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Insurance–growth nexus and macroeconomic determinants: evidence from middle-income countries

Rudra P. Pradhan (), Mak Arvin (), Sahar Bahmani (), Sara E. Bennett () and John H. Hall ()
Additional contact information
Rudra P. Pradhan: Indian Institute of Technology
Sahar Bahmani: University of Wisconsin Parkside
Sara E. Bennett: Lynchburg College
John H. Hall: University of Pretoria

Empirical Economics, 2017, vol. 52, issue 4, No 8, 1337-1366

Abstract: Abstract This paper examines the causal relationships between insurance market activities, economic growth, financial depth, and government consumption expenditure. We utilize a panel vector autoregressive model to test Granger causality for 18 middle-income countries over 1980–2012—a group that has not been previously studied in this literature. The results show a robust long-run economic relationship between insurance market activities, economic growth, financial depth, and government consumption expenditure. Moreover, in the short run, we find bidirectional causality between financial depth and economic growth, between financial depth and government consumption expenditure, and between insurance market activities and government consumption expenditure. Unidirectional causality exists from insurance market activities to economic growth, from financial depth to insurance market activities, and from government consumption expenditure to economic growth.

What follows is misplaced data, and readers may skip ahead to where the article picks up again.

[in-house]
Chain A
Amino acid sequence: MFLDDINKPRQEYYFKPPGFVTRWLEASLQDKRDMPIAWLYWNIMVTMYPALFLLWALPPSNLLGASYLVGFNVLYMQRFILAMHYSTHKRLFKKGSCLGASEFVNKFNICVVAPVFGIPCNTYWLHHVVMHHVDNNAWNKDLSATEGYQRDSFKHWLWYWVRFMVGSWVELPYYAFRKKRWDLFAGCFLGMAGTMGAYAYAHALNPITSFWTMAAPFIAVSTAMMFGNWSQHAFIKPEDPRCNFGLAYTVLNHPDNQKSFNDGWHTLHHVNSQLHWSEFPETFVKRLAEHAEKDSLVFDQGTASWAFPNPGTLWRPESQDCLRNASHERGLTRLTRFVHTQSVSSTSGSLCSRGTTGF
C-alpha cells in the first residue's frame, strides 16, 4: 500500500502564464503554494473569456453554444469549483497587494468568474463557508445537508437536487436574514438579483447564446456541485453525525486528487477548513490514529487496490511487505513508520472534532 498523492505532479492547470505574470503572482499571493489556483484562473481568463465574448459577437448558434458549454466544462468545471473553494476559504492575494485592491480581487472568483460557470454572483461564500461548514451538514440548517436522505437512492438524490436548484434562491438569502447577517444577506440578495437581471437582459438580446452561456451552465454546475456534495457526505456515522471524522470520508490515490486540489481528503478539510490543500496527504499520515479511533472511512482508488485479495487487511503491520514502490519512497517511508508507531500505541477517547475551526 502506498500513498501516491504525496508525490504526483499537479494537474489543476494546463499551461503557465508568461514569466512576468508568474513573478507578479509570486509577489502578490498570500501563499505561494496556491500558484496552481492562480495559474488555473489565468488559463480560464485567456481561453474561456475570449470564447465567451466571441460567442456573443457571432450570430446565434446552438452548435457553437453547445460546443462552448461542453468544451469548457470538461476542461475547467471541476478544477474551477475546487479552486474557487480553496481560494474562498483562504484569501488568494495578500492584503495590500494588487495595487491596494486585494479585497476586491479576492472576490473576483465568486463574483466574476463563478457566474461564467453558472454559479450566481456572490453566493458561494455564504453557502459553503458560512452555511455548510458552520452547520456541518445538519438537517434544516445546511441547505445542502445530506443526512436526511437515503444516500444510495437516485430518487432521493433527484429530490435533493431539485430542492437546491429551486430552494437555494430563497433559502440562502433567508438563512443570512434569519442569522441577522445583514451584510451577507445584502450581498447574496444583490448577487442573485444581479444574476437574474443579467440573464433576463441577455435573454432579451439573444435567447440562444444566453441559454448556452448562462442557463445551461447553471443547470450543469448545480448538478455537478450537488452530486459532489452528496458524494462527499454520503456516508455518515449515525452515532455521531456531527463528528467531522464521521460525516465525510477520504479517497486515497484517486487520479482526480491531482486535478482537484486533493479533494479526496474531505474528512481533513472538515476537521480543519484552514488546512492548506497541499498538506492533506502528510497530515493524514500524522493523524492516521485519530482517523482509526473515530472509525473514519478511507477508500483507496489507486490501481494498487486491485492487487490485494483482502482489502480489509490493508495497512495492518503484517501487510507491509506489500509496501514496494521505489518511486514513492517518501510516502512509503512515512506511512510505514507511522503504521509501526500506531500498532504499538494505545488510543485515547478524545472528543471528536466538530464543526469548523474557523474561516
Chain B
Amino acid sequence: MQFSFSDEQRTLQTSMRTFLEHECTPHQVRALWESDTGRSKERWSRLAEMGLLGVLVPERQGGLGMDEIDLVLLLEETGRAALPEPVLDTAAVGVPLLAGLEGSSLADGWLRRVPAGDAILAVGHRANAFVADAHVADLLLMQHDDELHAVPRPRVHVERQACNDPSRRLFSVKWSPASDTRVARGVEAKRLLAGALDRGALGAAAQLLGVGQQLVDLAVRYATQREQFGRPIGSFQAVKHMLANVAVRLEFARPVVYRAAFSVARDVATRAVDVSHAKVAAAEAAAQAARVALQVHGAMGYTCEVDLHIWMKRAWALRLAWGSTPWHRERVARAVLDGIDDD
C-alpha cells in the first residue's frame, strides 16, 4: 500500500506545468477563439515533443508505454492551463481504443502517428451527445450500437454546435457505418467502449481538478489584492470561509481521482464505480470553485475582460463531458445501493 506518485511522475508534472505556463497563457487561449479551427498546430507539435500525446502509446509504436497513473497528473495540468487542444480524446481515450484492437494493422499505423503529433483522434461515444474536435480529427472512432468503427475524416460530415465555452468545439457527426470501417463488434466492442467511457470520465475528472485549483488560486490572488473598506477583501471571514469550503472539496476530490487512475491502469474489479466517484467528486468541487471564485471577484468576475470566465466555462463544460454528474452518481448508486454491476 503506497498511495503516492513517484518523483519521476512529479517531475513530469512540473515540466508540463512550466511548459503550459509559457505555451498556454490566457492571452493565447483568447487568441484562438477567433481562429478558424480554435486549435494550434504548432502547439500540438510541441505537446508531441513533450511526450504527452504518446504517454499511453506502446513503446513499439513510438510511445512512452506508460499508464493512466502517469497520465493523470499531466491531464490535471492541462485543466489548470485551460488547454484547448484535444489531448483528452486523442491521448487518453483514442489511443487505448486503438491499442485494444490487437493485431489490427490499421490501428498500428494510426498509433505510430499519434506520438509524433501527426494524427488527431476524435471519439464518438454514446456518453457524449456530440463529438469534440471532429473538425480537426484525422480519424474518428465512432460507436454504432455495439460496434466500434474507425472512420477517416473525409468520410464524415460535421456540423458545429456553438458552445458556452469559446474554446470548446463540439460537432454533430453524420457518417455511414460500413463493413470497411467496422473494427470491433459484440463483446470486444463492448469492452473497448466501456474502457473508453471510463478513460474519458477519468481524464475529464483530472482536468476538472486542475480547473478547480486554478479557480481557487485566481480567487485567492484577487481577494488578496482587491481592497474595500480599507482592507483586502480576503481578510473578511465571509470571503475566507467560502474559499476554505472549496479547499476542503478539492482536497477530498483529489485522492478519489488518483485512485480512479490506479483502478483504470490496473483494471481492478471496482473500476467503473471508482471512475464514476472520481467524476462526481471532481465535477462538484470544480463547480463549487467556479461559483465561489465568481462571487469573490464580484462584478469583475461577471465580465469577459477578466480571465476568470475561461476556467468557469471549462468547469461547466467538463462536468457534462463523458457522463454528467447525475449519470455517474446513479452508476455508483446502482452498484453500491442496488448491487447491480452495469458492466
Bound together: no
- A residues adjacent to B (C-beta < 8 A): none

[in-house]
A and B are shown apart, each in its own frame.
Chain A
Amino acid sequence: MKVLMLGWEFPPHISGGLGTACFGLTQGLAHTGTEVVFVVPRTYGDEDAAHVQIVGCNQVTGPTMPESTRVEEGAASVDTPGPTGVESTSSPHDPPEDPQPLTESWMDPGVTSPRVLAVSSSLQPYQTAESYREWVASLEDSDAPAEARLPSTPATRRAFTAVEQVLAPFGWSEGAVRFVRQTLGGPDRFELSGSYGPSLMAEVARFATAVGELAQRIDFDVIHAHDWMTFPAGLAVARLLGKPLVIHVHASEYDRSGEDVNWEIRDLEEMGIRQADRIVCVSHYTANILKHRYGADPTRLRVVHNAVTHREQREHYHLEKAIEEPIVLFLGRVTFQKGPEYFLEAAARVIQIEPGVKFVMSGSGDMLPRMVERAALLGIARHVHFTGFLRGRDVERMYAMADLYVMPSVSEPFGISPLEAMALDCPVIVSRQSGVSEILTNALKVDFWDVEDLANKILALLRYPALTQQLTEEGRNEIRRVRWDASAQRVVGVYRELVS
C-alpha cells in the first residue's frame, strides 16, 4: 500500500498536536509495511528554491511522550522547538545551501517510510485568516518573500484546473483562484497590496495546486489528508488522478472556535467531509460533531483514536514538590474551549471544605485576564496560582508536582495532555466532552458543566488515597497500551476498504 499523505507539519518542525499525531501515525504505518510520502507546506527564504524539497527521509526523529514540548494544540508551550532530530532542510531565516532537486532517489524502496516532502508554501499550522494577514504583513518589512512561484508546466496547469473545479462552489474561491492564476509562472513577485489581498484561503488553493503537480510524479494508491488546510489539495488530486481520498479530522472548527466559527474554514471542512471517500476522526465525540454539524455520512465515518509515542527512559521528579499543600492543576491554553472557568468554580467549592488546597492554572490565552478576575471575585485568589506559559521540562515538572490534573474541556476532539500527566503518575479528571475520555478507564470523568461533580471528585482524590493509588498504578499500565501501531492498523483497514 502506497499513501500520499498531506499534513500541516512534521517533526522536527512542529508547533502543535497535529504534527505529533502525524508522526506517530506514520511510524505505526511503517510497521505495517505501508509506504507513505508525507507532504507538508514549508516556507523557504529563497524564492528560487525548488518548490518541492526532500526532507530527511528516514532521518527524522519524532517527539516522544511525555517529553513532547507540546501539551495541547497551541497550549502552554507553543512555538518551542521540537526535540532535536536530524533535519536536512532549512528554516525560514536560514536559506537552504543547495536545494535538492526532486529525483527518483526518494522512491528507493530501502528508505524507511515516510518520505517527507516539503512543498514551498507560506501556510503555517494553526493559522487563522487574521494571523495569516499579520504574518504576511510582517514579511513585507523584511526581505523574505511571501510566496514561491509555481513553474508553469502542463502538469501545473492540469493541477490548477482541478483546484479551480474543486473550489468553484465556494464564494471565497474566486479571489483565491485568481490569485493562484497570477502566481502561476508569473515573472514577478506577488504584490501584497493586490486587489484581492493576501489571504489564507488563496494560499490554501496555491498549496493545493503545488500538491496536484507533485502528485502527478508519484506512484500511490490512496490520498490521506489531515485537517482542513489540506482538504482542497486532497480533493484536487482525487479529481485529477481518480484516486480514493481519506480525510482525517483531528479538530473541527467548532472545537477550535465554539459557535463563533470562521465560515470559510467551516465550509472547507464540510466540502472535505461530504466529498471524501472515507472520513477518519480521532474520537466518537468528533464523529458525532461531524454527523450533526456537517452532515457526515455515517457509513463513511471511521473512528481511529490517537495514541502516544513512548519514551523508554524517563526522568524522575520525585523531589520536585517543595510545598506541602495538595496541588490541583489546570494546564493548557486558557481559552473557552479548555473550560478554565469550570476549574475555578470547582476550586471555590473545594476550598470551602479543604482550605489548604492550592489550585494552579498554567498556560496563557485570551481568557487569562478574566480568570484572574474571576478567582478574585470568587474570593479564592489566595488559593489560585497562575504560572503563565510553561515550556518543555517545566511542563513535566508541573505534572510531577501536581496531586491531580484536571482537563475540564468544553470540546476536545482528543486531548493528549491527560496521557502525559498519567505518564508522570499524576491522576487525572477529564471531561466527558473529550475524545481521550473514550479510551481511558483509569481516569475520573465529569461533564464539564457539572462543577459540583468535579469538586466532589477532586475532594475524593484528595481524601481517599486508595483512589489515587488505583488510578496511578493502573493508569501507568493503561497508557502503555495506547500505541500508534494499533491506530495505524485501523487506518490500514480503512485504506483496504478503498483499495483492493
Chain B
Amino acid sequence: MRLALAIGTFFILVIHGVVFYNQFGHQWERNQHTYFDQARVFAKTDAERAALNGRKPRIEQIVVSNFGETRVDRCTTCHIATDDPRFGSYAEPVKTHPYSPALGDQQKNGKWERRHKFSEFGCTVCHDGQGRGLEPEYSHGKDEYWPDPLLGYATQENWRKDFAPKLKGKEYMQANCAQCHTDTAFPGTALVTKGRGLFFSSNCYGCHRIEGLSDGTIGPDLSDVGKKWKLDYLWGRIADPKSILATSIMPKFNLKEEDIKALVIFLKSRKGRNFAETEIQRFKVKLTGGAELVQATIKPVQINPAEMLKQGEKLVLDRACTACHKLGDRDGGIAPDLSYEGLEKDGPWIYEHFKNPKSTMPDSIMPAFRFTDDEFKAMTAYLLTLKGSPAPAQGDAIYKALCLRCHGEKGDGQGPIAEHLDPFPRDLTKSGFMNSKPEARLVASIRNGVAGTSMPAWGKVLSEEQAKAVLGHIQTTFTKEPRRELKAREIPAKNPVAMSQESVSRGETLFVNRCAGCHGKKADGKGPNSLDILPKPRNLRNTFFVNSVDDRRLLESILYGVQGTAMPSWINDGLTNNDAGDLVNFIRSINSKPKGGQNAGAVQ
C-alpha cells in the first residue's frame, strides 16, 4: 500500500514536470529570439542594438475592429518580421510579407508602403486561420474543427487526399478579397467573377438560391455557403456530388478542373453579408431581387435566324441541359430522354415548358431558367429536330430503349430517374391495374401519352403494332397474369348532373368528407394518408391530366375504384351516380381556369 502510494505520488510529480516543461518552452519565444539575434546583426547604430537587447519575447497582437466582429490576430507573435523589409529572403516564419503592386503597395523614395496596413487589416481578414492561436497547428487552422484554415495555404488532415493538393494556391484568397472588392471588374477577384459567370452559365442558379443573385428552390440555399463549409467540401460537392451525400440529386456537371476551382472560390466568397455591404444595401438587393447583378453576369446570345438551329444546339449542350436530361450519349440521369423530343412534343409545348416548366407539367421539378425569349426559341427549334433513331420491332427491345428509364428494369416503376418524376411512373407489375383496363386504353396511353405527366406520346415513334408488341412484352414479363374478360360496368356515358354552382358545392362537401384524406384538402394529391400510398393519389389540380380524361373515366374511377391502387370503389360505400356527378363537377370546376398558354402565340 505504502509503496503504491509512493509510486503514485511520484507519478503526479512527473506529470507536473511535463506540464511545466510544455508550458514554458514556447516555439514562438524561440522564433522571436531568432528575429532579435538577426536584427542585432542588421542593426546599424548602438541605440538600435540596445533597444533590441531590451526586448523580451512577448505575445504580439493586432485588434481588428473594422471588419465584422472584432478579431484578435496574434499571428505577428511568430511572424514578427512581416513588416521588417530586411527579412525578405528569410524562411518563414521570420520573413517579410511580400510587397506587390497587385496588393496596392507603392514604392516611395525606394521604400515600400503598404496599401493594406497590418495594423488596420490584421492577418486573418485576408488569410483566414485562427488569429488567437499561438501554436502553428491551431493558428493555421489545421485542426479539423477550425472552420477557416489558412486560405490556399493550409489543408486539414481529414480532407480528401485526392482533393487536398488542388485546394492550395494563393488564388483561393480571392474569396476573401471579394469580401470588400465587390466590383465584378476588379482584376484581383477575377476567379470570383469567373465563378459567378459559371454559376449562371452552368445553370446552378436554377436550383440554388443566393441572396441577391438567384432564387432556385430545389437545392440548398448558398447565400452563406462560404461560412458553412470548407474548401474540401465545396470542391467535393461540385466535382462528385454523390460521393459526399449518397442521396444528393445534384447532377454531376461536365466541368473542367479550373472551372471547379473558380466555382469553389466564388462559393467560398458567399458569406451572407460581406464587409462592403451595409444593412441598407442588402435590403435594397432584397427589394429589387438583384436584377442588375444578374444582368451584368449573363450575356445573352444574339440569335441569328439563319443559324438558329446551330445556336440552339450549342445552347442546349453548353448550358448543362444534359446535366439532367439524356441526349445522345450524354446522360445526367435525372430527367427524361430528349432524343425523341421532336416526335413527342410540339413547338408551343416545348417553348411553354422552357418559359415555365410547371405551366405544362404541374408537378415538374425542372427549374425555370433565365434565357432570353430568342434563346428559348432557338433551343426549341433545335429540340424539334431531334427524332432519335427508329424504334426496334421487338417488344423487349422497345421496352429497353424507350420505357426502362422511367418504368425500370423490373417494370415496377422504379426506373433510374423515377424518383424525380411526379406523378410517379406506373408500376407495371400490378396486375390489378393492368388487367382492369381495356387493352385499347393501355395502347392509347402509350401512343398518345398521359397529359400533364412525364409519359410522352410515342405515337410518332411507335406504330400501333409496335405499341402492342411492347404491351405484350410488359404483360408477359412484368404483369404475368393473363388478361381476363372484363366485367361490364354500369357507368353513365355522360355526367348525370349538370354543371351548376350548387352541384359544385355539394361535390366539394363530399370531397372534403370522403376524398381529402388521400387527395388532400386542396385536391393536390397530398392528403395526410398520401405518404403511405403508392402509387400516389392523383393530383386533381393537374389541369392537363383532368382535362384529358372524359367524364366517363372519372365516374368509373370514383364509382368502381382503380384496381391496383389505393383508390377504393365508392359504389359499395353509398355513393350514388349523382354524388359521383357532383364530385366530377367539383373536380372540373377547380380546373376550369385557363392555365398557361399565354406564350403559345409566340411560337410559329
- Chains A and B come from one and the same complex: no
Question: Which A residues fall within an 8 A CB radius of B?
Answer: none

Keywords: Insurance market activities; Economic growth; Financial depth; Government consumption expenditure; Middle-income countries (search for similar items in EconPapers)
JEL-codes: L96 O32 O33 O43 (search for similar items in EconPapers)
Date: 2017
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DOI: 10.1007/s00181-016-1111-7

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